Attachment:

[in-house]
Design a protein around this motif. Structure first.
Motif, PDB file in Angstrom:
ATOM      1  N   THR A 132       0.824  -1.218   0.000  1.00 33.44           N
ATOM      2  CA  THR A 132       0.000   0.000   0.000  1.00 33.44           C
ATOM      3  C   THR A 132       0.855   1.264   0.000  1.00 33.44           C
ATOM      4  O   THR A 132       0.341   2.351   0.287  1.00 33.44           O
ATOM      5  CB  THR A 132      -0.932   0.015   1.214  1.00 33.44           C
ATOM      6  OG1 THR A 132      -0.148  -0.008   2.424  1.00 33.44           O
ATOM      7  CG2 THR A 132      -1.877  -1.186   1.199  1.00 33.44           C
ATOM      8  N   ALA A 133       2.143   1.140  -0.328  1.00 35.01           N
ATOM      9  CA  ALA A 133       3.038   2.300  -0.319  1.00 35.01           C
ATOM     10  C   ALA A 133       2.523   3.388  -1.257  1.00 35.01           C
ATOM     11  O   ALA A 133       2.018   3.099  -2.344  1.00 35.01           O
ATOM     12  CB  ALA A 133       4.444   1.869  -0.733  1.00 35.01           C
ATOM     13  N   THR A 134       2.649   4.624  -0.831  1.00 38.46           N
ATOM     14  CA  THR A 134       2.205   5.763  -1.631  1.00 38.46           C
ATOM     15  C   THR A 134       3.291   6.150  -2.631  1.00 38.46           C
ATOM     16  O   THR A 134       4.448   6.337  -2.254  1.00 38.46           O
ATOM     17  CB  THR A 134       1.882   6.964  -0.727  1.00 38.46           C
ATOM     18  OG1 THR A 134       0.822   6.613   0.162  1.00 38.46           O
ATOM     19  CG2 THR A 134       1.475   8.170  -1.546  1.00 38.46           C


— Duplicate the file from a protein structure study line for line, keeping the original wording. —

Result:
[in-house]
Design a protein around this motif. Structure first.
Motif, PDB file in Angstrom:
ATOM      1  N   THR A 132       0.824  -1.218   0.000  1.00 33.44           N
ATOM      2  CA  THR A 132       0.000   0.000   0.000  1.00 33.44           C
ATOM      3  C   THR A 132       0.855   1.264   0.000  1.00 33.44           C
ATOM      4  O   THR A 132       0.341   2.351   0.287  1.00 33.44           O
ATOM      5  CB  THR A 132      -0.932   0.015   1.214  1.00 33.44           C
ATOM      6  OG1 THR A 132      -0.148  -0.008   2.424  1.00 33.44           O
ATOM      7  CG2 THR A 132      -1.877  -1.186   1.199  1.00 33.44           C
ATOM      8  N   ALA A 133       2.143   1.140  -0.328  1.00 35.01           N
ATOM      9  CA  ALA A 133       3.038   2.300  -0.319  1.00 35.01           C
ATOM     10  C   ALA A 133       2.523   3.388  -1.257  1.00 35.01           C
ATOM     11  O   ALA A 133       2.018   3.099  -2.344  1.00 35.01           O
ATOM     12  CB  ALA A 133       4.444   1.869  -0.733  1.00 35.01           C
ATOM     13  N   THR A 134       2.649   4.624  -0.831  1.00 38.46           N
ATOM     14  CA  THR A 134       2.205   5.763  -1.631  1.00 38.46           C
ATOM     15  C   THR A 134       3.291   6.150  -2.631  1.00 38.46           C
ATOM     16  O   THR A 134       4.448   6.337  -2.254  1.00 38.46           O
ATOM     17  CB  THR A 134       1.882   6.964  -0.727  1.00 38.46           C
ATOM     18  OG1 THR A 134       0.822   6.613   0.162  1.00 38.46           O
ATOM     19  CG2 THR A 134       1.475   8.170  -1.546  1.00 38.46           C